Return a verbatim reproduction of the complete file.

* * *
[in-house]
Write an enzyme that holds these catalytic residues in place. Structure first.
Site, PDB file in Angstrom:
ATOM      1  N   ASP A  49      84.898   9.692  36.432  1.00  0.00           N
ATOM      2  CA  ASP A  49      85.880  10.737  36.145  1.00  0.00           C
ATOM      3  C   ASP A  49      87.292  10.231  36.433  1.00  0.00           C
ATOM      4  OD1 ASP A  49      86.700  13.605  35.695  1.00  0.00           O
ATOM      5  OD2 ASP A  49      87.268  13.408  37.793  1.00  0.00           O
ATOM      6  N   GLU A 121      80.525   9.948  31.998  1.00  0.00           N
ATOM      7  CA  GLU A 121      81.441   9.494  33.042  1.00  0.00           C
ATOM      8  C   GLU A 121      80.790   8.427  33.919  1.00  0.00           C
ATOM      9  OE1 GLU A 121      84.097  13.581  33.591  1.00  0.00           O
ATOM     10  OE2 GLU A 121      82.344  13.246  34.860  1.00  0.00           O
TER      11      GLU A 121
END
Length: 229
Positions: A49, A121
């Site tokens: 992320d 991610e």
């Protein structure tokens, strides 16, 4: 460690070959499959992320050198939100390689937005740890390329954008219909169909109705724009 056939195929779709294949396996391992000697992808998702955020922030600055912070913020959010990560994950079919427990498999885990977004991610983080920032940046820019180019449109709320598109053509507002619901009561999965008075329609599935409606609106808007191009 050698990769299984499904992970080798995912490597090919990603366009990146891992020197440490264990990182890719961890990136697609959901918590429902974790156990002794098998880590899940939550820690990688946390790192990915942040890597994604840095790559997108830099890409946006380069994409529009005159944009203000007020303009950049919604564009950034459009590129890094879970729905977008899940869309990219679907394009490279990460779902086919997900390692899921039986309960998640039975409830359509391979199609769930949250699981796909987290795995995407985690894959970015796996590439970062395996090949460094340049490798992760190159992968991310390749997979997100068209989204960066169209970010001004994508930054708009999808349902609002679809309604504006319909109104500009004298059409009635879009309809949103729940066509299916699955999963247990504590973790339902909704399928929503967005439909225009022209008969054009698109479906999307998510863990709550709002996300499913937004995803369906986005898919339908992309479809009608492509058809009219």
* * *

[in-house]
Write an enzyme that holds these catalytic residues in place. Structure first.
Site, PDB file in Angstrom:
ATOM      1  N   ASP A  49      84.898   9.692  36.432  1.00  0.00           N
ATOM      2  CA  ASP A  49      85.880  10.737  36.145  1.00  0.00           C
ATOM      3  C   ASP A  49      87.292  10.231  36.433  1.00  0.00           C
ATOM      4  OD1 ASP A  49      86.700  13.605  35.695  1.00  0.00           O
ATOM      5  OD2 ASP A  49      87.268  13.408  37.793  1.00  0.00           O
ATOM      6  N   GLU A 121      80.525   9.948  31.998  1.00  0.00           N
ATOM      7  CA  GLU A 121      81.441   9.494  33.042  1.00  0.00           C
ATOM      8  C   GLU A 121      80.790   8.427  33.919  1.00  0.00           C
ATOM      9  OE1 GLU A 121      84.097  13.581  33.591  1.00  0.00           O
ATOM     10  OE2 GLU A 121      82.344  13.246  34.860  1.00  0.00           O
TER      11      GLU A 121
END
Length: 229
Positions: A49, A121
């Site tokens: 992320d 991610e």
């Protein structure tokens, strides 16, 4: 460690070959499959992320050198939100390689937005740890390329954008219909169909109705724009 056939195929779709294949396996391992000697992808998702955020922030600055912070913020959010990560994950079919427990498999885990977004991610983080920032940046820019180019449109709320598109053509507002619901009561999965008075329609599935409606609106808007191009 050698990769299984499904992970080798995912490597090919990603366009990146891992020197440490264990990182890719961890990136697609959901918590429902974790156990002794098998880590899940939550820690990688946390790192990915942040890597994604840095790559997108830099890409946006380069994409529009005159944009203000007020303009950049919604564009950034459009590129890094879970729905977008899940869309990219679907394009490279990460779902086919997900390692899921039986309960998640039975409830359509391979199609769930949250699981796909987290795995995407985690894959970015796996590439970062395996090949460094340049490798992760190159992968991310390749997979997100068209989204960066169209970010001004994508930054708009999808349902609002679809309604504006319909109104500009004298059409009635879009309809949103729940066509299916699955999963247990504590973790339902909704399928929503967005439909225009022209008969054009698109479906999307998510863990709550709002996300499913937004995803369906986005898919339908992309479809009608492509058809009219």